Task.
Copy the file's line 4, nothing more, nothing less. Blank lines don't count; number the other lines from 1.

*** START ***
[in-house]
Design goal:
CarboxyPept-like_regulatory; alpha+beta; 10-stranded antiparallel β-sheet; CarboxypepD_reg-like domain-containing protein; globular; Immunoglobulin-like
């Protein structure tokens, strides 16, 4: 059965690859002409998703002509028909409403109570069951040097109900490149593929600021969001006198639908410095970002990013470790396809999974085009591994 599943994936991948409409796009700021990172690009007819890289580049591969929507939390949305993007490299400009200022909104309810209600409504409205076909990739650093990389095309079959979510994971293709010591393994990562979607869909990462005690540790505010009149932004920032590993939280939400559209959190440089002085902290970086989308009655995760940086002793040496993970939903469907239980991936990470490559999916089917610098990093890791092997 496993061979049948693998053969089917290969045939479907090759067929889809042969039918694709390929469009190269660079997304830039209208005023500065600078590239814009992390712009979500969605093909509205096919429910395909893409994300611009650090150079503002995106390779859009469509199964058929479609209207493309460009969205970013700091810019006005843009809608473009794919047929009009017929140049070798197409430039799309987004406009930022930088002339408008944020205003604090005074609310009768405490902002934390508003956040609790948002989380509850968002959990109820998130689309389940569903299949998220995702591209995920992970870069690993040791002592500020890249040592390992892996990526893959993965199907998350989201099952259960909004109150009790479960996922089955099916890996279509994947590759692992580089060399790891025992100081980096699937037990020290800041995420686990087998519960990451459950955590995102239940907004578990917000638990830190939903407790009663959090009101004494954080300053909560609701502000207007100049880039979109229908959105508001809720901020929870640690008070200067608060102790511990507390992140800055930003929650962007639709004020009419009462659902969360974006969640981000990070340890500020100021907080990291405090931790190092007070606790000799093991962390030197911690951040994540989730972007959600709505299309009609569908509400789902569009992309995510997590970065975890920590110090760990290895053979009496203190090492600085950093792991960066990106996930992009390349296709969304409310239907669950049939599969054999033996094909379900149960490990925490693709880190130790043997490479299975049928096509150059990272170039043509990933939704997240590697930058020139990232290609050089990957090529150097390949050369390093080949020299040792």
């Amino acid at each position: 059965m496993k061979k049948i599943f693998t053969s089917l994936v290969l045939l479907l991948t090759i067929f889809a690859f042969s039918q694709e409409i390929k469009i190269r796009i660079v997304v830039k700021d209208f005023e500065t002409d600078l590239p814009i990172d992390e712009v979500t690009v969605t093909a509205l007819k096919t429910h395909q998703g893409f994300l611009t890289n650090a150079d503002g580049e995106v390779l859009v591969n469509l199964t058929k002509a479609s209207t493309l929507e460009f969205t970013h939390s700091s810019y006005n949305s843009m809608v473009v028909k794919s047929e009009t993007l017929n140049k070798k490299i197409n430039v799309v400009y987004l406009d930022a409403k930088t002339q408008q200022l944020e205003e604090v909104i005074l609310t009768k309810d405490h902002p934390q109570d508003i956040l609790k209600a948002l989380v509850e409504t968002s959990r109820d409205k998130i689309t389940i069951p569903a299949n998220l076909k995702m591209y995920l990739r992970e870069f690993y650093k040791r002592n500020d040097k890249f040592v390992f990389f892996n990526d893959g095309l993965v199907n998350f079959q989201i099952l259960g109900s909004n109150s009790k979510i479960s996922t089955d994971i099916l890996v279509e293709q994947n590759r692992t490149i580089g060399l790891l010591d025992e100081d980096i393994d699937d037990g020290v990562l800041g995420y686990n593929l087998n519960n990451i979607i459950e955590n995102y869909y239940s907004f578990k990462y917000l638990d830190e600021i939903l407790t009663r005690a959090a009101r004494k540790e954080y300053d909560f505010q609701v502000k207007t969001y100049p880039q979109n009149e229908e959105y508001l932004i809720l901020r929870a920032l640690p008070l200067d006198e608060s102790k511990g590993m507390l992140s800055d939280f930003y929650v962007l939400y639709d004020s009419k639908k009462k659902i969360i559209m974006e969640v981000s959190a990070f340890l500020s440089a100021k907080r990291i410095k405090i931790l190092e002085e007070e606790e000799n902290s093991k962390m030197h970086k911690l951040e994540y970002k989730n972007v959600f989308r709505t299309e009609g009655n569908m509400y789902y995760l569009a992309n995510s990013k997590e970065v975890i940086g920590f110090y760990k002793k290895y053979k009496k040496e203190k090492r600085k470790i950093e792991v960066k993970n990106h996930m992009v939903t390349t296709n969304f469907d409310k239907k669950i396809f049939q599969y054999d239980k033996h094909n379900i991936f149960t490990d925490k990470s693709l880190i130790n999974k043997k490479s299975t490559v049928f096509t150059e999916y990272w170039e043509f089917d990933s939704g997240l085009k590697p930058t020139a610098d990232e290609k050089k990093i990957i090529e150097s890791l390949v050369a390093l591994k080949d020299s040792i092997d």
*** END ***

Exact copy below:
């Protein structure tokens, strides 16, 4: 059965690859002409998703002509028909409403109570069951040097109900490149593929600021969001006198639908410095970002990013470790396809999974085009591994 599943994936991948409409796009700021990172690009007819890289580049591969929507939390949305993007490299400009200022909104309810209600409504409205076909990739650093990389095309079959979510994971293709010591393994990562979607869909990462005690540790505010009149932004920032590993939280939400559209959190440089002085902290970086989308009655995760940086002793040496993970939903469907239980991936990470490559999916089917610098990093890791092997 496993061979049948693998053969089917290969045939479907090759067929889809042969039918694709390929469009190269660079997304830039209208005023500065600078590239814009992390712009979500969605093909509205096919429910395909893409994300611009650090150079503002995106390779859009469509199964058929479609209207493309460009969205970013700091810019006005843009809608473009794919047929009009017929140049070798197409430039799309987004406009930022930088002339408008944020205003604090005074609310009768405490902002934390508003956040609790948002989380509850968002959990109820998130689309389940569903299949998220995702591209995920992970870069690993040791002592500020890249040592390992892996990526893959993965199907998350989201099952259960909004109150009790479960996922089955099916890996279509994947590759692992580089060399790891025992100081980096699937037990020290800041995420686990087998519960990451459950955590995102239940907004578990917000638990830190939903407790009663959090009101004494954080300053909560609701502000207007100049880039979109229908959105508001809720901020929870640690008070200067608060102790511990507390992140800055930003929650962007639709004020009419009462659902969360974006969640981000990070340890500020100021907080990291405090931790190092007070606790000799093991962390030197911690951040994540989730972007959600709505299309009609569908509400789902569009992309995510997590970065975890920590110090760990290895053979009496203190090492600085950093792991960066990106996930992009390349296709969304409310239907669950049939599969054999033996094909379900149960490990925490693709880190130790043997490479299975049928096509150059990272170039043509990933939704997240590697930058020139990232290609050089990957090529150097390949050369390093080949020299040792």